Vyacheslav Veremiy • Andrea Rocchelli • Andrei Mironov • Igor Kornelyuk • Anton Voloshin • Anatoly Klyan • Andrei Stenin • Serhiy Nikolayev • Pavel Sheremet • Vadym Komarov • Yevhenii Sakun • Roman Nezhyborets • Brent Renaud • Maks Levin • Oleksandra Kuvshynova • Pierre Zakrzewski • Oksana Baulina • Mantas Kverdaravicius • Vira Hyrych • Oleksandr Makhov.
Since 2014, the Committee to Protect Journalists has recorded the deaths of twenty journalists in Ukraine, twenty at the time of writing this editorial. Eight years have gone by since Crimea was annexed and fighting broke out in the separatist regions of the Donbas – eight years of war being waged in eastern Europe.
But Ukraine is not the only country where journalists are losing their lives. Since the beginning of the year, far from headline news stories, some ten reporters have been killed in cold blood in Mexico. And no one could forget the death of Shireen Abu Akleh, shot in the head, reportedly by Israeli forces. But this year Ukraine has been the main focus. So what should a festival of photojournalism such as Visa pour l’Image do in response to such an event?
In September last year, pictures were screened at Campo Santo showing Afghans fleeing the return of the Taliban, scrambling over planes on the tarmac at Kabul airport. Who could have thought then that such images would be swept from world headlines? No one perhaps, but certainly we had not imagined the prospect. This year we will obviously be featuring Ukraine, giving the story the coverage it deserves, but we shall not be restricting the program to one single event, no matter how important it is.
What’s more, this latest war has highlighted, yet again, so many of the issues confronting professional photographers, while also uncovering new developments in photography. Key reports have presented the news in the midst of the confusion of war, with substantial input from members of the visual investigation team of The New York Times, working together with their reporters in the field and presenting incontrovertible evidence to contradict the “fake news” spread by Russia on the Bucha massacre. And they have provided evidence of atrocities being committed on both sides, confirming the authenticity of a video showing Ukrainian soldiers executing a Russian soldier.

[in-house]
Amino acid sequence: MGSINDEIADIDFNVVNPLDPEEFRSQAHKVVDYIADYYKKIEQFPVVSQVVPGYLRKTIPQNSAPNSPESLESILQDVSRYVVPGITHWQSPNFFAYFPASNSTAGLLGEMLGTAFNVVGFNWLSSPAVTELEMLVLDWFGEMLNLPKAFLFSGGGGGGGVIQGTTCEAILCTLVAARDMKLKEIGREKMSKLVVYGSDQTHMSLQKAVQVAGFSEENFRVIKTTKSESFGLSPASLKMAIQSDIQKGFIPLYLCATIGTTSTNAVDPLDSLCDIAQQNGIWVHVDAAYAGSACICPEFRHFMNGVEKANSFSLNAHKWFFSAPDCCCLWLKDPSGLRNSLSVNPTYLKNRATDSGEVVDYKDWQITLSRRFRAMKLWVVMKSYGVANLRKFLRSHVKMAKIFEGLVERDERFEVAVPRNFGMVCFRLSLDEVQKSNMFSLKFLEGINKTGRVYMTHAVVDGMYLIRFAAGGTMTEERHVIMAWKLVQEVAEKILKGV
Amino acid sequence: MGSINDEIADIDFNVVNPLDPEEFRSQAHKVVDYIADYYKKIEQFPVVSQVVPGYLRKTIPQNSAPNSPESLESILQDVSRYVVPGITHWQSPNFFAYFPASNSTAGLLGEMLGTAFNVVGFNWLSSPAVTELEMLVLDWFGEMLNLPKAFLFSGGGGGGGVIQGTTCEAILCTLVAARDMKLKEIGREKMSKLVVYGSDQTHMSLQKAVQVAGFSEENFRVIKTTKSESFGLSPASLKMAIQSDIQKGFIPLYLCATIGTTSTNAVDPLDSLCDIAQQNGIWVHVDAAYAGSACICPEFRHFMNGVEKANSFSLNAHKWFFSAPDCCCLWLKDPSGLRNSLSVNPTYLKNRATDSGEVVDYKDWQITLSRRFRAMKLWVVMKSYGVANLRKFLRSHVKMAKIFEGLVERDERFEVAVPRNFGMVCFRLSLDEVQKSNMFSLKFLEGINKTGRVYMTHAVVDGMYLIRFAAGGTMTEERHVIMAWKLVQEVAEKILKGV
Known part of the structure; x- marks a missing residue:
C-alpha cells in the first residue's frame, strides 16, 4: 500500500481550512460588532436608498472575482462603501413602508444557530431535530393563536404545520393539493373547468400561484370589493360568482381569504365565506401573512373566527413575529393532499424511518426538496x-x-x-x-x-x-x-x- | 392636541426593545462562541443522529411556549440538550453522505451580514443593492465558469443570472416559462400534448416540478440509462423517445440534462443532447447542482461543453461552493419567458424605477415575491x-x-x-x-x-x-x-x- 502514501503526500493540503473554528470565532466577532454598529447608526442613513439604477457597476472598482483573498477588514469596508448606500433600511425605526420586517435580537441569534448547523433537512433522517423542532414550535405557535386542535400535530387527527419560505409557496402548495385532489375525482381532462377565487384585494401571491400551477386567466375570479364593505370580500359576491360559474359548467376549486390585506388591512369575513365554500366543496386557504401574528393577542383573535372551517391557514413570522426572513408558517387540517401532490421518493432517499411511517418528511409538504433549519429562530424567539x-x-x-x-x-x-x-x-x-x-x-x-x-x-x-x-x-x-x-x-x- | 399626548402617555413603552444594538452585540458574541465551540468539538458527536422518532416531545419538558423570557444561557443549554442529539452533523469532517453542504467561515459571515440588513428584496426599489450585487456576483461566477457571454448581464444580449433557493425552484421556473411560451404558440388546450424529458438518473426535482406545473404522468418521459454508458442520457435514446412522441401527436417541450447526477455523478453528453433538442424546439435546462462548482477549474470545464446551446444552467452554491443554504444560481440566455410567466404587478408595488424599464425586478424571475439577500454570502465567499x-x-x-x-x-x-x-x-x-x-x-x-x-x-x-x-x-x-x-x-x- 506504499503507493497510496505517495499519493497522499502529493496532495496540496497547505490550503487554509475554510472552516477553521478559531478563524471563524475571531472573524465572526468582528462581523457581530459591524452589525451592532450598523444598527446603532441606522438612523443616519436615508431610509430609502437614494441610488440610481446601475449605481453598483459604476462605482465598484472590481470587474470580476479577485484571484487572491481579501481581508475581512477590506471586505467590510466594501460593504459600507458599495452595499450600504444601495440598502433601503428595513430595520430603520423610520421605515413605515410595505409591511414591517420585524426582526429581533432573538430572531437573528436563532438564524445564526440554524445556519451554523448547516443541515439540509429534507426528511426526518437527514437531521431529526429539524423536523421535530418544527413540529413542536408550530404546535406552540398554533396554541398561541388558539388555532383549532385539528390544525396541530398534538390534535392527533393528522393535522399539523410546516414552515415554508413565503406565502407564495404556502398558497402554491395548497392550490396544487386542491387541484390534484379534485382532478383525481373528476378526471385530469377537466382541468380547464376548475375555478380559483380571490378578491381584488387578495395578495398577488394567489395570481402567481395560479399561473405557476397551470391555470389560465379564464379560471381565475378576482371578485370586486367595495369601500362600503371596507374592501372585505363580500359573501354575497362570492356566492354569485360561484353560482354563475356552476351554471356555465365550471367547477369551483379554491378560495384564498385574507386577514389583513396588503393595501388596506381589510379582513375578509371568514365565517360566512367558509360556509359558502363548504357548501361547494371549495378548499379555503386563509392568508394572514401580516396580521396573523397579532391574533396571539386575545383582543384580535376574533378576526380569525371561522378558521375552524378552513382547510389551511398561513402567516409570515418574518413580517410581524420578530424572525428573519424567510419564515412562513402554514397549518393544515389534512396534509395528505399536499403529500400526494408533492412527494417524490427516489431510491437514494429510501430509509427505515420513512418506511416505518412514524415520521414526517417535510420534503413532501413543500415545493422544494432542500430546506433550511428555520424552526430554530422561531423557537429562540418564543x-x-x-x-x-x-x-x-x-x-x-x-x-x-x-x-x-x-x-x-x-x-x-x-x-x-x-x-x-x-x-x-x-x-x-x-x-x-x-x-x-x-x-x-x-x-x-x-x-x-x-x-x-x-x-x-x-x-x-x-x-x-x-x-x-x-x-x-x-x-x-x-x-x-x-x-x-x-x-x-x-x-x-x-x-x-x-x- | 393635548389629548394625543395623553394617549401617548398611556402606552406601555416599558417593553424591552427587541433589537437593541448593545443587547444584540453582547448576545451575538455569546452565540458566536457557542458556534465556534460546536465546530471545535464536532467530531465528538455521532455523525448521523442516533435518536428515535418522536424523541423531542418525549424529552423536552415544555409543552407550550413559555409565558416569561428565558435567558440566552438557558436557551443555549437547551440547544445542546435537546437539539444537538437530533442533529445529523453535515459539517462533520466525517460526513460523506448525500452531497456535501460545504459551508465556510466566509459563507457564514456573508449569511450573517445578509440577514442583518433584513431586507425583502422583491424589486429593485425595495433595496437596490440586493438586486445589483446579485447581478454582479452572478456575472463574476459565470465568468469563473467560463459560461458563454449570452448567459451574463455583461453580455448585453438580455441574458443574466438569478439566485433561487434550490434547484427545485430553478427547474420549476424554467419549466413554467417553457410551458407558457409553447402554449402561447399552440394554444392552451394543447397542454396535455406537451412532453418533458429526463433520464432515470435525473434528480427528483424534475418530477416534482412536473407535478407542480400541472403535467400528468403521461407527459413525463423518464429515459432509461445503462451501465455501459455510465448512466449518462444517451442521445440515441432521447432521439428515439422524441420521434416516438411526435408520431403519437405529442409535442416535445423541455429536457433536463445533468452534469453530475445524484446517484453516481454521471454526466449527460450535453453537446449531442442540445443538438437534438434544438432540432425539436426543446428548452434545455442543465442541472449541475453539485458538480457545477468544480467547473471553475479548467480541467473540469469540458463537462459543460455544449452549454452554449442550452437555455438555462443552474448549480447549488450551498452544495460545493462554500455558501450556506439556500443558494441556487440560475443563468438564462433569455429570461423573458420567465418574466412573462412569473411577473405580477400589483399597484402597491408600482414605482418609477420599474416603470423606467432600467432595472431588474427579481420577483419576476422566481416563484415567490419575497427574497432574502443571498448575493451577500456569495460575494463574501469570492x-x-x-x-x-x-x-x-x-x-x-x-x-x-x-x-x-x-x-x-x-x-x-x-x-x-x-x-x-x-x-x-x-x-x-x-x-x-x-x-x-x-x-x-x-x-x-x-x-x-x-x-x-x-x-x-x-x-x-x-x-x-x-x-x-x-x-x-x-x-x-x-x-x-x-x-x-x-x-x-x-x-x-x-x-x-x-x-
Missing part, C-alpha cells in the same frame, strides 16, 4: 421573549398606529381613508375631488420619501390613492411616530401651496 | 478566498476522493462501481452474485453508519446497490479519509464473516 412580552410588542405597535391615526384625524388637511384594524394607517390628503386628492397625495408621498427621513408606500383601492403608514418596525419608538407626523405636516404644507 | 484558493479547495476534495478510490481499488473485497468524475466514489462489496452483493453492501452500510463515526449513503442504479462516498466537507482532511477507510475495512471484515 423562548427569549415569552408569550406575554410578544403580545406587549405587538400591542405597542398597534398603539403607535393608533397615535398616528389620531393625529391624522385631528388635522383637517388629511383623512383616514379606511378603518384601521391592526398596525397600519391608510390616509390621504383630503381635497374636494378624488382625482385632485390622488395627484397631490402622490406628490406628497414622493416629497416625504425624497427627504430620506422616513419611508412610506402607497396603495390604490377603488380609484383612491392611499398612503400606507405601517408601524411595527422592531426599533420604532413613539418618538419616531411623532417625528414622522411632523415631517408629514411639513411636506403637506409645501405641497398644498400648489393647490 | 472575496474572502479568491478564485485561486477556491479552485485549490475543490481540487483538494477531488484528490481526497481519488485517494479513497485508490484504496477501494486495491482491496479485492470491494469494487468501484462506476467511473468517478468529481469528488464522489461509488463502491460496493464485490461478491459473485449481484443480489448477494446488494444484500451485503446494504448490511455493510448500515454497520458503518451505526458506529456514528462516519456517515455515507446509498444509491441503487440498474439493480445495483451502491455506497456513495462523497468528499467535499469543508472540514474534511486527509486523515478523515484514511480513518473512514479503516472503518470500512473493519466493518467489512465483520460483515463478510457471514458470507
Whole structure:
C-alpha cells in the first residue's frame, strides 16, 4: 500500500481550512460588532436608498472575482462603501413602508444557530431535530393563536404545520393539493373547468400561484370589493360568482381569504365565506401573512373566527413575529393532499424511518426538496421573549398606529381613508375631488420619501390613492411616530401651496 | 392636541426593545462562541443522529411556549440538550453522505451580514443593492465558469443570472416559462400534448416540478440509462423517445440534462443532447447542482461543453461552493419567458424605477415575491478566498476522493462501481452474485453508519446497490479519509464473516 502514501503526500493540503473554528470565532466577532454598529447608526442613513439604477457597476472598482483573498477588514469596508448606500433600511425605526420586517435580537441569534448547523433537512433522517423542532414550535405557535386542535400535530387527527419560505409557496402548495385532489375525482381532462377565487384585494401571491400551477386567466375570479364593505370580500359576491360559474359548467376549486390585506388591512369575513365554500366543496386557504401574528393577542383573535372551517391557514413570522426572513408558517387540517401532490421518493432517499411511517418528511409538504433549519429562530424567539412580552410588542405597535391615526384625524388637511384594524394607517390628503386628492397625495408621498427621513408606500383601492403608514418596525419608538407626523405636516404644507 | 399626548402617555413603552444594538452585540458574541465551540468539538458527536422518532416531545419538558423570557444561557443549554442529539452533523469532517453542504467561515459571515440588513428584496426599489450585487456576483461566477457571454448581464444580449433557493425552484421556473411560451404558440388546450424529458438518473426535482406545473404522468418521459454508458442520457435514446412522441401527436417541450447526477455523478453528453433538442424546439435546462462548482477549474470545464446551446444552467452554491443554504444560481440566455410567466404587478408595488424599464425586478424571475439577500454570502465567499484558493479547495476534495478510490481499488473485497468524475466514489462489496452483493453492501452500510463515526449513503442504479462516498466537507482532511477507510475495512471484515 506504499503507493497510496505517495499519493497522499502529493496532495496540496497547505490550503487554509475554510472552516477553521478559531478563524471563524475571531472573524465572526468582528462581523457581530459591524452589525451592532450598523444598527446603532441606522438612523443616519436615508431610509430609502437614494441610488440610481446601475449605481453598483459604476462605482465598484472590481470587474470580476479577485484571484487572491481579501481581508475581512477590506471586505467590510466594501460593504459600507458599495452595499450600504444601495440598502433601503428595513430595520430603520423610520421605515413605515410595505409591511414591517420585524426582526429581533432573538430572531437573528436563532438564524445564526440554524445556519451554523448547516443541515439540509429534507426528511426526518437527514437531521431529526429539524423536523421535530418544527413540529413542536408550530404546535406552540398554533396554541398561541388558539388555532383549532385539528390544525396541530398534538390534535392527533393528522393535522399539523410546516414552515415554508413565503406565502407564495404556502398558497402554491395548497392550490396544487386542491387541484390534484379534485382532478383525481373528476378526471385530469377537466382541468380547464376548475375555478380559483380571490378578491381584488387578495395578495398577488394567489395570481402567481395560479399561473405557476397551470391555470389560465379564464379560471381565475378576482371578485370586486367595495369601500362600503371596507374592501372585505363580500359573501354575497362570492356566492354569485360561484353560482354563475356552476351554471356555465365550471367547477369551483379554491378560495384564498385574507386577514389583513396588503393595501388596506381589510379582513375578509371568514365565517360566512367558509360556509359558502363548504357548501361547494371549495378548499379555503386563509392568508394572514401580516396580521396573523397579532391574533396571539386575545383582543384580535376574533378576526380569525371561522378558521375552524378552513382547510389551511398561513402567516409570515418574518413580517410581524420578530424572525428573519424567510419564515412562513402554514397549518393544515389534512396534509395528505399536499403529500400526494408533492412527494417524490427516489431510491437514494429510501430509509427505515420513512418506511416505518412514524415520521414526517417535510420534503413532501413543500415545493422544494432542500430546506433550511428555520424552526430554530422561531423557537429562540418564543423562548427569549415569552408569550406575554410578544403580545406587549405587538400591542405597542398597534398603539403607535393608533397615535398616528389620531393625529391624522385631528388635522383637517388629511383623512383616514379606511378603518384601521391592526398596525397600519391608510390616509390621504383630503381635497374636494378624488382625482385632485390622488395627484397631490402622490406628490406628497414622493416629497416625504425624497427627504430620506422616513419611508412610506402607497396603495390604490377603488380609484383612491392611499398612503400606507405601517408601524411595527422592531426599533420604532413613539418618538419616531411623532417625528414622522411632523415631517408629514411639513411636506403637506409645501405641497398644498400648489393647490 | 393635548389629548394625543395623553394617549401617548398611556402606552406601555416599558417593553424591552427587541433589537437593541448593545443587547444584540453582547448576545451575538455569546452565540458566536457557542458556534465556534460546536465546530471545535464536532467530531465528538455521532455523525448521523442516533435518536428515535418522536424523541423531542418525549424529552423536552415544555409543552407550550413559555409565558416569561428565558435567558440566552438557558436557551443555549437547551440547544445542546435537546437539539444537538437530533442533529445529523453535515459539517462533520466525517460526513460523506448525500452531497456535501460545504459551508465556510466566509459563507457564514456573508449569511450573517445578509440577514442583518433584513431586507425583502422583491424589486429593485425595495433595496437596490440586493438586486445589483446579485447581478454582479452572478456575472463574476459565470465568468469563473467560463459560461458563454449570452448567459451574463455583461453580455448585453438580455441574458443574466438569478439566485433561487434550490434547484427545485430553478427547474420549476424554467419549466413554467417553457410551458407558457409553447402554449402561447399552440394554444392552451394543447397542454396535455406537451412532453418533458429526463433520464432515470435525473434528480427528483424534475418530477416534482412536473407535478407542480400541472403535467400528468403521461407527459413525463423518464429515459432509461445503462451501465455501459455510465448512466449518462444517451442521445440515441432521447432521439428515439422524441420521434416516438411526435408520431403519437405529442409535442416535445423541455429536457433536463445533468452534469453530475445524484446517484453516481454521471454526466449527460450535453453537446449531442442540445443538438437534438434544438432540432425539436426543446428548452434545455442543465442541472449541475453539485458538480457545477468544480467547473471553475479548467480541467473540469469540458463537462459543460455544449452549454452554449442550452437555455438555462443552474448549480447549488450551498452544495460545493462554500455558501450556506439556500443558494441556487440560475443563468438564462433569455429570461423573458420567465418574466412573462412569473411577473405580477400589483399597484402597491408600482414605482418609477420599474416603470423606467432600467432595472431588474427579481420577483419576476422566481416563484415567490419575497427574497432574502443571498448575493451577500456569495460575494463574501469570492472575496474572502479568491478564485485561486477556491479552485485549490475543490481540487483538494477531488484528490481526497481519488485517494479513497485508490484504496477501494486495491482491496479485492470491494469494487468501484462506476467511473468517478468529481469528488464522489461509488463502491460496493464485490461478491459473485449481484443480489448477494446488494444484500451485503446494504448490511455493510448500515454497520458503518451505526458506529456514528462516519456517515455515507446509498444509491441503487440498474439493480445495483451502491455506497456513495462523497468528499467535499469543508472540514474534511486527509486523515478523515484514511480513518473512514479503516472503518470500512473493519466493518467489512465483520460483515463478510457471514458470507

Such developments should not be seen as yet one more nail in the coffin of “conventional” photojournalism, but rather as an additional tool in the news ecosystem providing even stronger backing for stories reported in still pictures and which, here at Visa pour l’Image, is what we have been acclaiming and encouraging for so many years.
Looking inside the ecosystem, credit must be given to the exemplary and essential work done by the news agencies (AFP, AP, Reuters, Getty and more). Their networks of reporters, fixers and sources, their logistics and know-how make it possible for media around the world to present day-to-day coverage of the war. In September, we will have the privilege of presenting these pictures, exhibited on the walls in Perpignan and on the giant screen at Campo Santo for all our visitors to see.
May 12, 2022